Plans to deliver a better, fairer farming system in England have been set out by the UK government today (November 30).

The roadmap outlines changes that will come into force over a period of seven years to help farmers adapt and plan for the future.

The government said that once the UK is outside the EU and no longer bound by the EU’s Common Agricultural Policy (CAP), the roadmap sets out how it plans to introduce a new system that is tailored to the interests of English farmers – centred on support that rewards farmers and land managers for sustainable farming practices.

According to the government, the changes will be designed to ensure that by 2028, farmers in England can sustainably produce healthy food profitably without subsidy, while taking steps to improve the environment, improve animal health and welfare and reduce carbon emissions.

Brexit transition

Next year marks the start of the transition where the UK will begin to move away from the Basic Payment Scheme (BPS) towards new policies, which the government said will be co-designed and tested together with farmers, land managers and experts, to ensure that the new systems work for them.

Also Read: How will Direct Payments change under the ‘Path to Sustainable Farming’ document?

The government affirms that it remains committed to its manifesto commitment to guarantee the current annual budget for every year of the parliament.

The ‘Path to Sustainable Farming’ document, sets out more detail on the changes that are going to be made, and what they will mean for farmers.

The key changes according to the government include:

  • Introducing the Environmental Land Management scheme to incentivise sustainable farming practices, create habitats for nature recovery and establish new woodland to help tackle climate change;
  • Investing in improving animal health and welfare as part of a sustainable farming approach. This will initially focus on controlling or eradicating endemic diseases among cattle, pigs and sheep;
  • Direct payments will be reduced fairly, starting from the 2021 Basic Payment Scheme year, with the money released being used to fund new grants and schemes to boost farmers’ productivity and reward environmental improvements;
  • Launching a Farming Investment Fund, which will support innovation and productivity. This will open for applications next year and will be used to offer grants for equipment, technology and infrastructure for the future;
  • Simplifying and improving existing schemes and their application processes further from January 2021 to reduce the burden on farmers; taking a modern approach to regulation, cutting unnecessary red tape for farmers and working together with industry to design a more targeted regulatory system.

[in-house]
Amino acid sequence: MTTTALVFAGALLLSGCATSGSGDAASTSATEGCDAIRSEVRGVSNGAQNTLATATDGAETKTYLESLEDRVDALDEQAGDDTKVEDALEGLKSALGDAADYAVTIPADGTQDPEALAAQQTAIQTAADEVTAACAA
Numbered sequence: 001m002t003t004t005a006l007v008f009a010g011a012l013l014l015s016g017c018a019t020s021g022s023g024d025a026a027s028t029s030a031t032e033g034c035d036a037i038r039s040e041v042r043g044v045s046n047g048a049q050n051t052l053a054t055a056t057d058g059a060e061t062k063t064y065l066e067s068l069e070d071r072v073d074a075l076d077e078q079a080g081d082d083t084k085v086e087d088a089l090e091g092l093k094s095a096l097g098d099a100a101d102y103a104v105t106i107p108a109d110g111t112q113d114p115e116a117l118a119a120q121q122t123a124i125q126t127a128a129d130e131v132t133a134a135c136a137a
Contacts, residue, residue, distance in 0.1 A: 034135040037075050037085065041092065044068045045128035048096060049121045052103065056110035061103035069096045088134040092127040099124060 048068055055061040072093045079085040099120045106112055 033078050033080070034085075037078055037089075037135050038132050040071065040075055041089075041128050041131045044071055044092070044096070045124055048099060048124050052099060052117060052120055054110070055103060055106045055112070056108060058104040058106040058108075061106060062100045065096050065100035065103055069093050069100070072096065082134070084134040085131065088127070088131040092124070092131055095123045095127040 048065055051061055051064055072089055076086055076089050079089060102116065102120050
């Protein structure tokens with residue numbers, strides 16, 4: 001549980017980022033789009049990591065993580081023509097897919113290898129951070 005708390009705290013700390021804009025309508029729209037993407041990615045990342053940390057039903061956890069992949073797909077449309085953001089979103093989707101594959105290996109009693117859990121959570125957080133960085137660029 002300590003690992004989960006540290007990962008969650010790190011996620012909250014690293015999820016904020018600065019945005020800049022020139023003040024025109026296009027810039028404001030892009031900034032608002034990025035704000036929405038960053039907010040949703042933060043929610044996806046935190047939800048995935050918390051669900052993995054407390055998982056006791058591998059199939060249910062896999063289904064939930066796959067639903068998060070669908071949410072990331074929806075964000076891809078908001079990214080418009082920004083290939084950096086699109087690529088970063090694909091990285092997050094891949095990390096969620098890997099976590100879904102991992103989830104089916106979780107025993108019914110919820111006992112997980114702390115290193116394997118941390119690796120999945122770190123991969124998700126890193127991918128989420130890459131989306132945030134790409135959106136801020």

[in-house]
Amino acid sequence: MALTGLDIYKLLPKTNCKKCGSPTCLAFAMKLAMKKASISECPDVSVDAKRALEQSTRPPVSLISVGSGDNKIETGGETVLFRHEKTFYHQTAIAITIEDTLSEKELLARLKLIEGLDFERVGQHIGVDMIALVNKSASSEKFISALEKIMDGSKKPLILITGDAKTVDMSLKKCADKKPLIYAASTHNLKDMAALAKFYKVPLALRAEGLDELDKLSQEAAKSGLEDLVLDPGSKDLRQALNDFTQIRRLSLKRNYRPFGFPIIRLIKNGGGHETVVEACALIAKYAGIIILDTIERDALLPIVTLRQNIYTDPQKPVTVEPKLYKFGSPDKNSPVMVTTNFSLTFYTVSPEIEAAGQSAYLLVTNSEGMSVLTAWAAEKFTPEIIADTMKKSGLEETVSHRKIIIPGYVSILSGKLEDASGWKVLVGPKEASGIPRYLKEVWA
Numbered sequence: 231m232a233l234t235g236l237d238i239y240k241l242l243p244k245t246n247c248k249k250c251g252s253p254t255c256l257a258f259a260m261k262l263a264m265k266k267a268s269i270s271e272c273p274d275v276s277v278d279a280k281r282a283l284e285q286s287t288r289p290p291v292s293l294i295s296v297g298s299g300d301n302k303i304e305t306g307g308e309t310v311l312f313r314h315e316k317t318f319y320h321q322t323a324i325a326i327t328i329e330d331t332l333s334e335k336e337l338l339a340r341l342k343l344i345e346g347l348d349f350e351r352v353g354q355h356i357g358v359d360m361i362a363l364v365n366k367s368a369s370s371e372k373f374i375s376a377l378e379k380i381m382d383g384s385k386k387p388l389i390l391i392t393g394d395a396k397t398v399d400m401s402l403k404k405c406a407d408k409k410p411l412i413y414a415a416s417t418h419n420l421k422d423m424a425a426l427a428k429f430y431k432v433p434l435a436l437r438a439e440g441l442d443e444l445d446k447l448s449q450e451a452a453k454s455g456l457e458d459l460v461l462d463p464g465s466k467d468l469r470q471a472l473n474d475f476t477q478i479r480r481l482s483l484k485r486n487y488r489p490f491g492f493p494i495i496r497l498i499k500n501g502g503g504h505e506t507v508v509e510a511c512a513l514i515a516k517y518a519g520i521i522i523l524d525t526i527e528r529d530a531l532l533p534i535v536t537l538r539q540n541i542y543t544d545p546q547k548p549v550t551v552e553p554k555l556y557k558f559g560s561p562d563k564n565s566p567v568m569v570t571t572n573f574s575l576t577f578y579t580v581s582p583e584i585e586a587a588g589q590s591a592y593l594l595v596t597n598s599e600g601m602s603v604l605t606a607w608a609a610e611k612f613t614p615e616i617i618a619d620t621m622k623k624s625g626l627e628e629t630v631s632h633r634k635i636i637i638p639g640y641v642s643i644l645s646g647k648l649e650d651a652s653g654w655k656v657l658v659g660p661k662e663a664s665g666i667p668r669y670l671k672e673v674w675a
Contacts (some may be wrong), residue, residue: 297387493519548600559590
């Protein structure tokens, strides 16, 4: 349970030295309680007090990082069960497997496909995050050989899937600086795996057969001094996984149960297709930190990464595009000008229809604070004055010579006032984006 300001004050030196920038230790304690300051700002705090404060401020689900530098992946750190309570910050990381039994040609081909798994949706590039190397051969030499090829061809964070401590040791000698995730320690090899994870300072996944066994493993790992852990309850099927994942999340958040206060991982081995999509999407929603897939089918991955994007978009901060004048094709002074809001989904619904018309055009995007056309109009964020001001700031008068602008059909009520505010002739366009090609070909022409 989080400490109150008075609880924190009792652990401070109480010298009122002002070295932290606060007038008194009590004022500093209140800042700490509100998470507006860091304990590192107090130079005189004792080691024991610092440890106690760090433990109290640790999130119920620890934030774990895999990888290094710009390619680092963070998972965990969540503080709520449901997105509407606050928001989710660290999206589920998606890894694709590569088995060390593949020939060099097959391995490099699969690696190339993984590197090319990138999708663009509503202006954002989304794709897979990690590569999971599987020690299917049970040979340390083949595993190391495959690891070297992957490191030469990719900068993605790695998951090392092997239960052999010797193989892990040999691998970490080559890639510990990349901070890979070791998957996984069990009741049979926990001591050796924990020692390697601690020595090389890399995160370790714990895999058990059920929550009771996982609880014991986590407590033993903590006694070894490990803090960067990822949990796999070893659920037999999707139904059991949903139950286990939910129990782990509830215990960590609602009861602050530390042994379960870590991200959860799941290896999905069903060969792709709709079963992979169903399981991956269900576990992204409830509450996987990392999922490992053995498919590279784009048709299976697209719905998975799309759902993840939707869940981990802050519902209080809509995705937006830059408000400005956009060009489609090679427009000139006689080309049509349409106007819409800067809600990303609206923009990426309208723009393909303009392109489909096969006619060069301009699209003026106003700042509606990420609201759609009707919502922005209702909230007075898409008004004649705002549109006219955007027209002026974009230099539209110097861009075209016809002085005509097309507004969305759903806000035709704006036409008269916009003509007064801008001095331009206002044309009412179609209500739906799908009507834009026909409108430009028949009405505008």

In a speech to farmers and environmental groups, Environment Secretary George Eustice said:

“We want farmers to access public money to help their businesses become more productive and sustainable, whilst taking steps to improve the environment and animal welfare, and deliver climate change outcomes on the land they manage.

Rather than the prescriptive, top down rules of the EU era, we want to support the choices that farmers and land managers take. If we work together to get this right, then a decade from now the rest of the world will want to follow our lead.

“While the roadmap provides a clear view on the changes coming through the transition, this will be followed by a period of engagement with farmers, land managers and other stakeholders to finalise the design and operation of the future system to ensure they work for everyone.”

‘Evolve and adapt’

Eustice continued:

“For example, the final design for the future Environmental Land Management scheme will continue to evolve and adapt to the lessons learnt through co-design exercises, such as the ongoing tests and trials and upcoming national pilot for the scheme.”

The new roadmap comes a few weeks after the government’s landmark agriculture bill passed into law, providing the powers needed to incentivise farmers to make the right environmental choices and help them to make the most of the opportunities available outside of the EU.

“Further detail on the national pilot for Environmental Land Management and the government response to the national conversation around the new scheme that took place earlier this year, are due to be published early next year.

“These measures apply to England only. Now we have left the EU, each UK administration has the flexibility to develop agricultural policy suited to their own unique circumstances,” Eustice concluded.